Working Sail Returns to Brooklyn The shipowners and shipmasters of Brooklyn Heights looked across the river at their ships in South Street. They caught the ferry over in the mornings to do business on the commercial Manhattan shore of the East River, and returned at night to their homes which stand today on tree-shaded streets with names like Cranberry and Orange. Ships docked, of course, in Brooklyn, which today with modern piers and terminals completely outclasses Manhattan as a seaport city. Newtown Creek to the north on the East River was a last stronghold of coal and lumber schooners. The famous Annie C. Ross, last survivor of the multi-masted vessels in these trades, was in her latter days used as a houseboat in the Creek. Erie Basin, to the south, facing the Upper Bay of New York Harbor, provided docks for the international trade in square-rigged deepwaterman . The gradual restoration of the full-rigger Wavertree may be watched from Brooklyn Heights today; but in her last commercial voyage here, eighty-two years ago, she did not dock in South Street. She unloaded her cargo of Chilean nitrate at Beards Stores in Erie Basin-and thence proceeded to pick up a cargo of case-oil for Calcutta
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at Constable Hook in Bayonne, New Jersey. New York went without a major maritime museum until South Street Seaport Museum opened its doors in a fish-stall in Fulton Market, ten years ago this spring. From the beginning, Brooklyn was deeply involved in this grand undertaking. There today the tall bark Peking has joined the Wavertree
Th e Ferry Landing in 1718, looking across the East River to the seaport town of New York. This scene has changed considerably, but the peaked-roof firehouse that houses the National Society in Brooklyn today echoes th e Dutch houses that stood at the landing 250-odd years ago.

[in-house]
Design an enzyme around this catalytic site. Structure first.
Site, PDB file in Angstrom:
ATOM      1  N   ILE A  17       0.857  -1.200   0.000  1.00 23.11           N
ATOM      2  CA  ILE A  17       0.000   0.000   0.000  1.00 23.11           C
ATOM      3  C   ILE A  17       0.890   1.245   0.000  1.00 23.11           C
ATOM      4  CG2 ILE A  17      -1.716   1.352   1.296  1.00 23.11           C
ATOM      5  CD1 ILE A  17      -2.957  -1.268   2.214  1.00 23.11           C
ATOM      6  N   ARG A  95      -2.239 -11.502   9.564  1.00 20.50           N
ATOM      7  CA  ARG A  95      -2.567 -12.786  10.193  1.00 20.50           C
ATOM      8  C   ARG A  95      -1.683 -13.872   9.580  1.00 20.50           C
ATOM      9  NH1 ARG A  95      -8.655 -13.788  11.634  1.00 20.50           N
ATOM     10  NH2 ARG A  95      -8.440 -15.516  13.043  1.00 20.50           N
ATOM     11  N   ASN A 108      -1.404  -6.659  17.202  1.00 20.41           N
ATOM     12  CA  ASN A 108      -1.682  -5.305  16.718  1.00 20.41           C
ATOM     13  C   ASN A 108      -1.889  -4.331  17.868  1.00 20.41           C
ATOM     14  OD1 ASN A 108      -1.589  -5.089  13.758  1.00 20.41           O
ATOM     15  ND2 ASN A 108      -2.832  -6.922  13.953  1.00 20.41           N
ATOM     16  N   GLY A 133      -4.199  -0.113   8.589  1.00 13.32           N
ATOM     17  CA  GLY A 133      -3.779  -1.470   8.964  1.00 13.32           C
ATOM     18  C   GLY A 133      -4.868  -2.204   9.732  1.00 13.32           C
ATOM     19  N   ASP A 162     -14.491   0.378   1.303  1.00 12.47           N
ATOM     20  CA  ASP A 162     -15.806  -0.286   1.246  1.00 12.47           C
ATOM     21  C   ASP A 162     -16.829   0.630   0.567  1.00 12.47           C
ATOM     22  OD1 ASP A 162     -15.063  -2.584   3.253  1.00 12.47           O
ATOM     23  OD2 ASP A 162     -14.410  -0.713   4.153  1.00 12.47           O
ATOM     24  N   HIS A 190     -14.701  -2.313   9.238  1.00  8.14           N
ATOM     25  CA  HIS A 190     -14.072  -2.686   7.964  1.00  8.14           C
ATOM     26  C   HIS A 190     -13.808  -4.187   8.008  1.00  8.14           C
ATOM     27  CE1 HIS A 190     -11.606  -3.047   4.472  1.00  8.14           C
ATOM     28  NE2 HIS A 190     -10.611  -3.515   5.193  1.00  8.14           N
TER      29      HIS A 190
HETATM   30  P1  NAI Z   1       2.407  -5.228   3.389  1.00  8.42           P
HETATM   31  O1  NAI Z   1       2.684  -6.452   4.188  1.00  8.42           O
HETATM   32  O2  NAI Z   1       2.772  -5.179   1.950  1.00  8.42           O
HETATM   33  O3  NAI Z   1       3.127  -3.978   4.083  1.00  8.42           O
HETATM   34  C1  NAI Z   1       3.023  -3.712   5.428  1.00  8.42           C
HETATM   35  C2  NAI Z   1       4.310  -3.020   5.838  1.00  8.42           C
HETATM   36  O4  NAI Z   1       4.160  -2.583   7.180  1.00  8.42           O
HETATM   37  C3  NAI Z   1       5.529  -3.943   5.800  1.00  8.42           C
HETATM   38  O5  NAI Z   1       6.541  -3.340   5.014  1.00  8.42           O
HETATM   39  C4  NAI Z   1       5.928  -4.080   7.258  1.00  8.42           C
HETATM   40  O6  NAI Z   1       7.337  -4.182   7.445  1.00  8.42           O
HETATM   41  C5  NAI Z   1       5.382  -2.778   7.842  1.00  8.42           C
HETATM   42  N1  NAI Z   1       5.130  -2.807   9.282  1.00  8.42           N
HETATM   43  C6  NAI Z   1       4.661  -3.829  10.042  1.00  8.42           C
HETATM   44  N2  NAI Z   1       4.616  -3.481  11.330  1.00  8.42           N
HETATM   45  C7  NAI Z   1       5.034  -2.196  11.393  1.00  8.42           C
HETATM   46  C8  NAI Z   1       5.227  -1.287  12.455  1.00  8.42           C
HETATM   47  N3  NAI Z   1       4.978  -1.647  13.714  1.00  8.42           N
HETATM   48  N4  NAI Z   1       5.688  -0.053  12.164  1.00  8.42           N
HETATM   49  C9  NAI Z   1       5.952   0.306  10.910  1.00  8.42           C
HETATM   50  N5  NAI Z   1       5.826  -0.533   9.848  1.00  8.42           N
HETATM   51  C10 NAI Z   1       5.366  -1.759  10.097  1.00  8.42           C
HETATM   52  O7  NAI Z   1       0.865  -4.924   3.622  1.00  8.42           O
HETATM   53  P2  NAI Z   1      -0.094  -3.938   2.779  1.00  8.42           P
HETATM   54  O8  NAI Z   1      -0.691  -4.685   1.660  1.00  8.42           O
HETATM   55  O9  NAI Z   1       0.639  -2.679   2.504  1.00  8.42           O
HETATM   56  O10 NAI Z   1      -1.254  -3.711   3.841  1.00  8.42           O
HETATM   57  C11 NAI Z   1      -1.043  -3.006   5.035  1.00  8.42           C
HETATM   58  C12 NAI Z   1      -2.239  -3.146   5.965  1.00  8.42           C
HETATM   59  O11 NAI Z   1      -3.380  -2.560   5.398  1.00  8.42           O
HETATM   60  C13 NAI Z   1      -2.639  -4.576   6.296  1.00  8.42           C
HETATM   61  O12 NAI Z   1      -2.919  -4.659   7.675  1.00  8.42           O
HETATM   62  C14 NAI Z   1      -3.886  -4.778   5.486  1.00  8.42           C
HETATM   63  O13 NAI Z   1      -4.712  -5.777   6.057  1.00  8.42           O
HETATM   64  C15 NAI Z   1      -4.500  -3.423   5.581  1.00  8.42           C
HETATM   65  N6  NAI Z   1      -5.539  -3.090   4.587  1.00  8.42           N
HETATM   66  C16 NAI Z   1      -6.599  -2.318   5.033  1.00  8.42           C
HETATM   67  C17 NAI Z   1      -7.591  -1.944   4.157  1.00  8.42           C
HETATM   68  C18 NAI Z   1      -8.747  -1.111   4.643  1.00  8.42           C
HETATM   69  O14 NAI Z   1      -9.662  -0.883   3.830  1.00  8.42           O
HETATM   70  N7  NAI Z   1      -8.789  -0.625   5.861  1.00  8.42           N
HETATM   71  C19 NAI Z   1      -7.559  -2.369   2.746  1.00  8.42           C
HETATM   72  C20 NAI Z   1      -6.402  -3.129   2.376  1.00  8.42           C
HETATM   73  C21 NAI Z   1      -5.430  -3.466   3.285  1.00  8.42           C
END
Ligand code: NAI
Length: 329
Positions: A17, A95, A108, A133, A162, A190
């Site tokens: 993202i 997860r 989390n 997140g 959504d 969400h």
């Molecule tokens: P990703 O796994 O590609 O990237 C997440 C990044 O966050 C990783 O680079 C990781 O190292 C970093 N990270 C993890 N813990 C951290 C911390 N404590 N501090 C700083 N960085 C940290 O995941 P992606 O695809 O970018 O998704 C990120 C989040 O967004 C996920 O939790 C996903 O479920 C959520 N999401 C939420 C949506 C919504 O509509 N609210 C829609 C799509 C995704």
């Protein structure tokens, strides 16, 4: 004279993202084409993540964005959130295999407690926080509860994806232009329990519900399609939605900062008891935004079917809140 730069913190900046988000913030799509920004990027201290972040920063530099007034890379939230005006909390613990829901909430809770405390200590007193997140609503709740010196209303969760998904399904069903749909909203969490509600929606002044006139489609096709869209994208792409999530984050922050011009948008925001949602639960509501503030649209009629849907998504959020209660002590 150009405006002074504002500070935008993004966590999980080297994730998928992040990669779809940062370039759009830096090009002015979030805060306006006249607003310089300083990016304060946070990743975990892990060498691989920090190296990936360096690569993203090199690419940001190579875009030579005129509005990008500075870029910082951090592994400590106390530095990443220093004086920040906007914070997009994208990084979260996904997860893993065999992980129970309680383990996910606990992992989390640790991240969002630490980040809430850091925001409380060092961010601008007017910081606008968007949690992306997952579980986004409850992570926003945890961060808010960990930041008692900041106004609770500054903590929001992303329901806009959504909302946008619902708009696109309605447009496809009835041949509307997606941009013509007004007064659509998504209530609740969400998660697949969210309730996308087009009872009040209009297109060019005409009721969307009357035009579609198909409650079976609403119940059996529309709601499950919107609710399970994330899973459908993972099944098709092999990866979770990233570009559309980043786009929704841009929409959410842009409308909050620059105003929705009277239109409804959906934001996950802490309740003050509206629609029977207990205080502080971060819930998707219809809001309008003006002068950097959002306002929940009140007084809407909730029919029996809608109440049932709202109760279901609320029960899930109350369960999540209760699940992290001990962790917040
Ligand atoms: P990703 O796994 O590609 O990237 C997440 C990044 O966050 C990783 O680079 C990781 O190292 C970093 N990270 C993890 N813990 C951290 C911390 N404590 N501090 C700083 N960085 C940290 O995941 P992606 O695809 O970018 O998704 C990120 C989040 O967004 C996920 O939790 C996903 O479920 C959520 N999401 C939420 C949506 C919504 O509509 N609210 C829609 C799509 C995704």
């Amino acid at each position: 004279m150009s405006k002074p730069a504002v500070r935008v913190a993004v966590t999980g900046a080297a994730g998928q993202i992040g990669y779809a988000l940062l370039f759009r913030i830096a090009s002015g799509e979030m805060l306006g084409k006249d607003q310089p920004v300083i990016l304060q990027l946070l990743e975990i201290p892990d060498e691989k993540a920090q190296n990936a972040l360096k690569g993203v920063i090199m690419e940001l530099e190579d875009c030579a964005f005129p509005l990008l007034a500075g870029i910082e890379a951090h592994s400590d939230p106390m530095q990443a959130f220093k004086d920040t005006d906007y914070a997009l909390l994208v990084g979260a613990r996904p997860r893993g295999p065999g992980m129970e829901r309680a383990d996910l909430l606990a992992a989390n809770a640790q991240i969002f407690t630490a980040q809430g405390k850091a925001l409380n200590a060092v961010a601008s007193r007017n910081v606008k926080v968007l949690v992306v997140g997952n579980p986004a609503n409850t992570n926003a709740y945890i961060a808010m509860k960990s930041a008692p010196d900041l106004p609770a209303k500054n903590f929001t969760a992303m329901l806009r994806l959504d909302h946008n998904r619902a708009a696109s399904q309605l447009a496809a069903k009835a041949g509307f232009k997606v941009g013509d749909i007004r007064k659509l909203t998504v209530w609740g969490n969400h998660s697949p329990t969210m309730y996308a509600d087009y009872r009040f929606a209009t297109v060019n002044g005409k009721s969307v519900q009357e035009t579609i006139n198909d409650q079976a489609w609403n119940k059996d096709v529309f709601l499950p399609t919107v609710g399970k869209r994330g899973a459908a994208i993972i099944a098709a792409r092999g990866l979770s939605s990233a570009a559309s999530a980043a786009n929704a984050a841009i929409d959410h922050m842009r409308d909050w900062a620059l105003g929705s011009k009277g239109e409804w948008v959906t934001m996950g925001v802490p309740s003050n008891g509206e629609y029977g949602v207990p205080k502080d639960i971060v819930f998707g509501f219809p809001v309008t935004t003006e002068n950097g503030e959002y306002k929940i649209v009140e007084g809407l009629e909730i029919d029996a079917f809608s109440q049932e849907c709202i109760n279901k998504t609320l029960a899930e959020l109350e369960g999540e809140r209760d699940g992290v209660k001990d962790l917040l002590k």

and other vessels, and from there the schooner Pioneer will sail in the National Society's Sea Day program.
The Ships of Sea Day-1977 Ships will sail up the Brooklyn shore in New York Harbor, from the Verrezzano Bridge to the Brooklyn Bridge, 10 AM12 noon Saturday, May 21. Mayor Beame will dedicate the National Society's pier and headquarters building and declare the Brooklyn waterfront open to
people, at noon . The ships will then take visitors to the pier, at the foot of Fulton Street, on harbor tours under sail. The four-day program, which includes festivals ashore, concludes with a sea parade under the Brooklyn Bridge at noon on Tuesday, May 24, as part of the cele-
~~ Mary £. , 53' schooner, built 1906. Seven Seas
Black Pearl, 51' hermaphrodite brig, built 1948. American Sail Training Association, Eisenhower House, Fort Adams State Park, Newport, RI 02840.
Petrel, 70' yawl , built 1938 . Bring Sailing Back, Inc., Battery Park, NY 10004. Pioneer, 57' schooner, built 1885 . South Street Seaport Museum, 16 Fulton Street, New York, NY 10038.
Clearwater, 106' sloop, built 1969. Hudson River Sloop Restoration , Inc., 112 Market Street, Poughkeepsie, NY 12601. it.I~
Sailing Club, Box 36, City Island, NY 10464.
Mon Lei, 54' Chinese junk, built ca. 1850-80. Chesapeake Bay & China Sea Towing Co ., Ltd ., c/o Alen York, 1040 Avenue of the Americas, New York , NY 10018.
Bluenose II, 143' schooner, built 1963. Owner, Province of Nova Scotia. Bluenose II, P .0 . Box 130, Halifax, Nova Scotia.
Harvey Gamage, 95' schooner, built 1973. Dirigo Cruises, 39 Waterside Lane, Clinton, CT 06413 .
bration of the 94th birthday of the Bridge. Sea Day is run in cooperation with the American Sail Training Association, Brooklyn Arts & Culture Council, New York Harbor Festival, South Street Seaport Museum and the City Department of Ports & Terminals.
Tehani, 38' schooner , built 1939. Commander Icarus Pyros, US Merchant Marine Academy, King' s Point, NY 11024. Trade Wind, 57' schooner , built 1926. Schooner , Inc., 234 Universal Drive, North Haven, CT 06473 .